And countless young women cherished the story for the model it offered readers tired of books in which teen girls were, as my friend the Reverend Robbie Cranch put it, portrayed as deferential flirts or swooning idiots. Kit is neither an idiot nor a flirt. She is lonely and confused but is also brave, compassionate, determined, and resilient.

And that character was not only me. She was Alyce of The Midwife’s Apprentice. And Rodzina and Matilda Bone and Catherine and any of the girls I have written about. I found myself wondering how much of the Kit Tyler I encountered in my twenties stayed with me and reappeared thirty years later when I myself began to write.

Elizabeth Speare and I both wrote as children, but, busy with home and family and work, neither of us attempted a novel until we were nearly fifty. My first novel was Catherine, Called Birdy. Elizabeth Speare’s was Calico Captive, based on a diary of 1807 that told of the four-year Indian captivity of Susanna Johnson and her family. Speare fully intended, she said, to do something similar for her next book, this time set where she lived in Connecticut, but she found nothing that inspired her until she realized that people were waiting, not in the pages of a diary but in her own mind: There was a girl, she related in her Newbery acceptance speech, lonely and insecure, a child who needed friendship, a wise and gentle old woman, and two young men, one shy and uncertain, the other self-confident and merry.

The Witch of Blackbird Pond was awarded the Newbery Medal for 1959, the only time, according to the editor and literary critic Anita Silvey, that a book was chosen unanimously on the first ballot. It’s a marvel of a book. The writing is clear, the atmosphere is vivid and convincing, and the characters are well drawn and fully human. Speare wrote only four novels for children, for which she was awarded two Newbery Medals and a Newbery Honor. Were she a baseball player, she would have by far the highest batting average in the history of the sport.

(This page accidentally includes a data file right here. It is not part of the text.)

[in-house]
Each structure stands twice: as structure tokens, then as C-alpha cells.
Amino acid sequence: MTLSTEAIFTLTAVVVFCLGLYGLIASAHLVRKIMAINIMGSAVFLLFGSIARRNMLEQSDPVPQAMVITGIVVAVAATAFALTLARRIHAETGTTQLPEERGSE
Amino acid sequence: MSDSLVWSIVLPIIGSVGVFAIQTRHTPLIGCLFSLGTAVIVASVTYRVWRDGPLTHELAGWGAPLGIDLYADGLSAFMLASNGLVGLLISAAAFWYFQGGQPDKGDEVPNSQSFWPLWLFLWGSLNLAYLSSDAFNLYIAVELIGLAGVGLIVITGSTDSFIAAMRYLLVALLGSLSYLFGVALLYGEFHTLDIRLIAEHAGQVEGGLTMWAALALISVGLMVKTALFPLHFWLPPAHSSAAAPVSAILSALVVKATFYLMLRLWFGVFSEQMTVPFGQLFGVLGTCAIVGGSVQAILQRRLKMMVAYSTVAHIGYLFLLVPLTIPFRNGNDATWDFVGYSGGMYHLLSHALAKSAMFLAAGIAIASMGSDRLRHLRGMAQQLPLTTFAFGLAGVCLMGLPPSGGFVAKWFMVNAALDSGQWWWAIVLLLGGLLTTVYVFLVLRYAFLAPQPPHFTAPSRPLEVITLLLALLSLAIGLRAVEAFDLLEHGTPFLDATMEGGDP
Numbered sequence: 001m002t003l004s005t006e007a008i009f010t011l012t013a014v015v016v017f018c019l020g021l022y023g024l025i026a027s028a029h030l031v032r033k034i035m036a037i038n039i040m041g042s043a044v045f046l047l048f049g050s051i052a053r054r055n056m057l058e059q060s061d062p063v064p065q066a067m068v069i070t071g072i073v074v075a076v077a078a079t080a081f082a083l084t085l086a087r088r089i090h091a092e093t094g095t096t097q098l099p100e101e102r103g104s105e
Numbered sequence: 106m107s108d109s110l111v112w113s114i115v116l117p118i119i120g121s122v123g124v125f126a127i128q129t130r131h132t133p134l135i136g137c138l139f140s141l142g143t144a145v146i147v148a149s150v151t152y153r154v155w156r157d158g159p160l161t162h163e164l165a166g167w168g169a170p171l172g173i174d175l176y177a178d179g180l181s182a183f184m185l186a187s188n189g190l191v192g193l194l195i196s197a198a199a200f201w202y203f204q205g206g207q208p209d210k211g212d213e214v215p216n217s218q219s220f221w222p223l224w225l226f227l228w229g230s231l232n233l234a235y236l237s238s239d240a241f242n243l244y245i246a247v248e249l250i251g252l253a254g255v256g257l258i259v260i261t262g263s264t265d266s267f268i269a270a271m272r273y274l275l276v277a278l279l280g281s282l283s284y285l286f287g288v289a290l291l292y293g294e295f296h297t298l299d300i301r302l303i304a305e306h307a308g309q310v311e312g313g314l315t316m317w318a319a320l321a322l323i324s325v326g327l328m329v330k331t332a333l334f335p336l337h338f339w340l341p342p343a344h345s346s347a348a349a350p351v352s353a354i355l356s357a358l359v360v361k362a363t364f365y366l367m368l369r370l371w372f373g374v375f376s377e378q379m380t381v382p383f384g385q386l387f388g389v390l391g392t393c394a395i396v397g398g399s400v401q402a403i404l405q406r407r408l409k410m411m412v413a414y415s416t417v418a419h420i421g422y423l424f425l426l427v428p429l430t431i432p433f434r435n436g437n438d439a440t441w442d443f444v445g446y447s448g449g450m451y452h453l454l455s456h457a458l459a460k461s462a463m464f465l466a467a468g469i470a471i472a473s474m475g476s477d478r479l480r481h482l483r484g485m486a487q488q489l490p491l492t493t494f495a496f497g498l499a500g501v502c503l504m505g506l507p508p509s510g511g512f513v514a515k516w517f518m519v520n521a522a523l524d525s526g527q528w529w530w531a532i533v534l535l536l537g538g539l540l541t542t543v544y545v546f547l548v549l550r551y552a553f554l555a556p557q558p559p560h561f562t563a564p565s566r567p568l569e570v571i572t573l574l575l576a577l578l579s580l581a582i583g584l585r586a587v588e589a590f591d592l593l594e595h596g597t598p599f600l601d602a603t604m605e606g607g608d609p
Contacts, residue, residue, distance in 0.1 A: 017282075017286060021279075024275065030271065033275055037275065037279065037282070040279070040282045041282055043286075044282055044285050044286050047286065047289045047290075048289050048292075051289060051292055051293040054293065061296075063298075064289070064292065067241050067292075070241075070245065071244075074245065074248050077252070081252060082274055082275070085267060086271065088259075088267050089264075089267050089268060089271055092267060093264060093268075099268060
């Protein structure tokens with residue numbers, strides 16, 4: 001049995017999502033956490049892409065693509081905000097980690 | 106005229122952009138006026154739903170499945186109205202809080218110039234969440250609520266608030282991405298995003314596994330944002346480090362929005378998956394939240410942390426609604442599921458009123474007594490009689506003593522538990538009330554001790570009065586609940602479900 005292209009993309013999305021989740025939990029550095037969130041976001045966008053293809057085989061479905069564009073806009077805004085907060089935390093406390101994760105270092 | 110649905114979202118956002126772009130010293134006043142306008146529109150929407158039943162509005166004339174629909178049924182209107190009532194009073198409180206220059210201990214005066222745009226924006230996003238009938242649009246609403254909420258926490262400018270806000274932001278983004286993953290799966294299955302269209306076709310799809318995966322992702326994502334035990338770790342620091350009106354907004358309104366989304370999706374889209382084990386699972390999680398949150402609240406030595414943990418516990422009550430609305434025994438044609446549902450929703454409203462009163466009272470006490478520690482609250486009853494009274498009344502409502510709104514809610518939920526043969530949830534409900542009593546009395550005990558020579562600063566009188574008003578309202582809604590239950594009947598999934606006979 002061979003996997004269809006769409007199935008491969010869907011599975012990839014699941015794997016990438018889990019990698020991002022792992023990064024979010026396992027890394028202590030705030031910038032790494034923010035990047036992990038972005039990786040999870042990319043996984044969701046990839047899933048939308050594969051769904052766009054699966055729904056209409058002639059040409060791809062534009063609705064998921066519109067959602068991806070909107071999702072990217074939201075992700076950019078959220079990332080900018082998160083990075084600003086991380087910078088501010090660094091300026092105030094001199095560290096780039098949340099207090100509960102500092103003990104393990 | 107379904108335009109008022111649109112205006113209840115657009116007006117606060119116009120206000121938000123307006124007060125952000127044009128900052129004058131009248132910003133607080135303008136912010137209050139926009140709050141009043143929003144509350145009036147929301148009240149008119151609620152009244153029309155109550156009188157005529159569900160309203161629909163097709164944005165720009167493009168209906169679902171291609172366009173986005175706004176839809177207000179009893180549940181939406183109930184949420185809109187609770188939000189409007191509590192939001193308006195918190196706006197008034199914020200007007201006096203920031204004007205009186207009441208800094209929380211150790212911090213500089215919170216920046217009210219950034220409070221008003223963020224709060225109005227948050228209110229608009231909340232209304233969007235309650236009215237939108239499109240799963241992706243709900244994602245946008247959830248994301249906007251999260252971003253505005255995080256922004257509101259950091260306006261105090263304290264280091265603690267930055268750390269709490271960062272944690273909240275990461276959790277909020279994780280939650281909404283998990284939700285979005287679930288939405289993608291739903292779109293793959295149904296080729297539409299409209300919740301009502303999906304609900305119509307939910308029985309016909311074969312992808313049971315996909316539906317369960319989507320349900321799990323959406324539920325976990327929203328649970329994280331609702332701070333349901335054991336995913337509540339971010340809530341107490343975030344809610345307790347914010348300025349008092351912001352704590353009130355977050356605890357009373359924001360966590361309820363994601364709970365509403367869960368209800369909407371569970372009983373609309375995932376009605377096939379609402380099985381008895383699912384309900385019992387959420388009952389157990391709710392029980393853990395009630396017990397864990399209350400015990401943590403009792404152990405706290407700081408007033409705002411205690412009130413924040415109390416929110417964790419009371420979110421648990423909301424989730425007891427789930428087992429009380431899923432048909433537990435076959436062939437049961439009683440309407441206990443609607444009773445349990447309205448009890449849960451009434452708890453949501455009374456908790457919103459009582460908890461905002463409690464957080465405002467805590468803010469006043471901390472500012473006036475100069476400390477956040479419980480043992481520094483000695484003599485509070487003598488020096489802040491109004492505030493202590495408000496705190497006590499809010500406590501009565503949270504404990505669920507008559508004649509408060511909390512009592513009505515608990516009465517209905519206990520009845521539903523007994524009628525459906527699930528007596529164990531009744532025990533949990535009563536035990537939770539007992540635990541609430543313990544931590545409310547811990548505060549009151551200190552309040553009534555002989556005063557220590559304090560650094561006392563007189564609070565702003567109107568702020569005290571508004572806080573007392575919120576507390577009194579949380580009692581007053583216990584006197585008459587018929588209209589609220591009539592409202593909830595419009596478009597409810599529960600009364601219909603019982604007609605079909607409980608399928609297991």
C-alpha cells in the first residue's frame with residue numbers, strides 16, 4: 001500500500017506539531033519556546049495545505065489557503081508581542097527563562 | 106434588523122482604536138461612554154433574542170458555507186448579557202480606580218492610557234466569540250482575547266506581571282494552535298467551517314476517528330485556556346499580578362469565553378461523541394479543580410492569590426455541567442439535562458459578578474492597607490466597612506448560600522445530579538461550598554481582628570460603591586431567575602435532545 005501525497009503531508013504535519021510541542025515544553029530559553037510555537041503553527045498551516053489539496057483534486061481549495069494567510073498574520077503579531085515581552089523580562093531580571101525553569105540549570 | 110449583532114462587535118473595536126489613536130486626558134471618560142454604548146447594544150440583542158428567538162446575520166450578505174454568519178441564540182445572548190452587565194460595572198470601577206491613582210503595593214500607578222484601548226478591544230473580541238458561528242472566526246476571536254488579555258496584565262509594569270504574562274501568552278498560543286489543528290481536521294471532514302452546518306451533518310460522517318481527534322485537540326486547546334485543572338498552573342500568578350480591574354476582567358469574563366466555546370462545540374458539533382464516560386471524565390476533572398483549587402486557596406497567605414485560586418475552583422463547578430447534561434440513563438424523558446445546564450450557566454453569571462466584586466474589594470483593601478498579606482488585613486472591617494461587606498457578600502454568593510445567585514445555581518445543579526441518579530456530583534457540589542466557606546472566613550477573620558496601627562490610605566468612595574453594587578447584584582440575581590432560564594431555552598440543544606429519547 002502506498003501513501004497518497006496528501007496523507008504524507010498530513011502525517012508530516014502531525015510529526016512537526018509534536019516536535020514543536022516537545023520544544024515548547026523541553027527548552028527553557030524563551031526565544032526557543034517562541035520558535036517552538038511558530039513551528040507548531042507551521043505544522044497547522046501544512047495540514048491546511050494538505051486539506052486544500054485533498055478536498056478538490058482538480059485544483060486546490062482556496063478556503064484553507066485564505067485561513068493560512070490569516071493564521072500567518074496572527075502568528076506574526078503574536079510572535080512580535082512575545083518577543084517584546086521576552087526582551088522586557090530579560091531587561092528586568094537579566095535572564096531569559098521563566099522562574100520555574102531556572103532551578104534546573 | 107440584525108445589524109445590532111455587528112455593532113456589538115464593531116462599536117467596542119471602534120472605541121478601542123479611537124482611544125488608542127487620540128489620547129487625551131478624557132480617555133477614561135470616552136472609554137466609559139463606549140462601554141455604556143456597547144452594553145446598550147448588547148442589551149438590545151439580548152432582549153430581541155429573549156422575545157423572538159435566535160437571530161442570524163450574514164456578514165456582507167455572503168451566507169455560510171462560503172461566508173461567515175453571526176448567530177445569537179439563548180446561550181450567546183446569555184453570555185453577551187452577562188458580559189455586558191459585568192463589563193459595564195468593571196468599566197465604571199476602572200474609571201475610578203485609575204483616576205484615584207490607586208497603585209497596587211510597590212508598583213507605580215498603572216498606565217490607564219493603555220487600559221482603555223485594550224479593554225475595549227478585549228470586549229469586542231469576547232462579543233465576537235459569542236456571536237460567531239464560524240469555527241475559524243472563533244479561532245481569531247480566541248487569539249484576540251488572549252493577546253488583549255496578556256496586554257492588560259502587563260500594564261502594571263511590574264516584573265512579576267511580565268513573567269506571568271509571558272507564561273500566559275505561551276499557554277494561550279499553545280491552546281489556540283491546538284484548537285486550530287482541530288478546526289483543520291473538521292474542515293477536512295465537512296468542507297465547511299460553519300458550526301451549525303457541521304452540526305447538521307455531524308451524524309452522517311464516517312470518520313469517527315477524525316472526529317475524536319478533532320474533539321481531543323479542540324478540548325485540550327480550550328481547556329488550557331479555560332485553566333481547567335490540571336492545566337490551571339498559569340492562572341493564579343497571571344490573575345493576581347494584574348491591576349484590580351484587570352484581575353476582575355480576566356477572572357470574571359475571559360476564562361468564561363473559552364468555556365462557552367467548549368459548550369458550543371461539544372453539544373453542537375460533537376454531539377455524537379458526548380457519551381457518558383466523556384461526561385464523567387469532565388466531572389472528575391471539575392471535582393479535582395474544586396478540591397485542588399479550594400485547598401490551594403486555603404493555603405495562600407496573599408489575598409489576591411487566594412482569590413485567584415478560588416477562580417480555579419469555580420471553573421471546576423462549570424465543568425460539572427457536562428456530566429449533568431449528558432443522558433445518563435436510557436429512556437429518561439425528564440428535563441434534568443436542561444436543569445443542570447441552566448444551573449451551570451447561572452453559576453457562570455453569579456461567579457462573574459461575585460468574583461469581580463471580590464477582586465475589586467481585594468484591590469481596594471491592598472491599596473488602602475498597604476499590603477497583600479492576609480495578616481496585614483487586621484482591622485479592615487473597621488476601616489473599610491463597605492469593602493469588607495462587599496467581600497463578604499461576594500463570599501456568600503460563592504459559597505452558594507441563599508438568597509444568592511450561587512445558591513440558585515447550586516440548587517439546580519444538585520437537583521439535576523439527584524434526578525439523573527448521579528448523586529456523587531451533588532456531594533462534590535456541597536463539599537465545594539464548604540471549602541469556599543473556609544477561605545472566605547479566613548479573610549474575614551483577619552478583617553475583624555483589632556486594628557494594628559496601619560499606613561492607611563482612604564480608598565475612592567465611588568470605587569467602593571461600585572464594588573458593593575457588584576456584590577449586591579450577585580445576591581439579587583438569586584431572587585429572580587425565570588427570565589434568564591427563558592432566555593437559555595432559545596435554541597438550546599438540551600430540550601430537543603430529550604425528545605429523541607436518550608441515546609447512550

Elizabeth Speare presents contradictions and dualities that make her as three-dimensional and real as the rest of us. Writing in conservative, conformist 1950s America, she nonetheless tackled themes of bigotry, gossip, intolerance, and guilt by association. A Sunday school teacher and author of a Newbery-winning book about Jesus, she wrote, too, of the downside of religious faith. A homebody dedicated to her family, she always said home came first, but her creation, Kit, is a spunky, determined, outspoken girl who follows her own path.

Elvis is dead, there is yet another new pope, and the cold war is long over. Elizabeth George Speare died in 1994, but Kit Tyler will live on, as long as girls look to find themselves—their ordinary, brave, compassionate, outspoken, independent selves—in a book. May they, like Kit Tyler, also find home.

Karen Cushman

Chapter 1

ON A MORNING in mid-April, 1687, the brigantine Dolphin left the open sea, sailed briskly across the Sound to the wide mouth of the Connecticut River and into Saybrook harbor. Kit Tyler had been on the forecastle deck since daybreak, standing close to the rail, staring hungrily at the first sight of land for five weeks.

There’s Connecticut Colony, a voice spoke in her ear. You’ve come a long way to see it.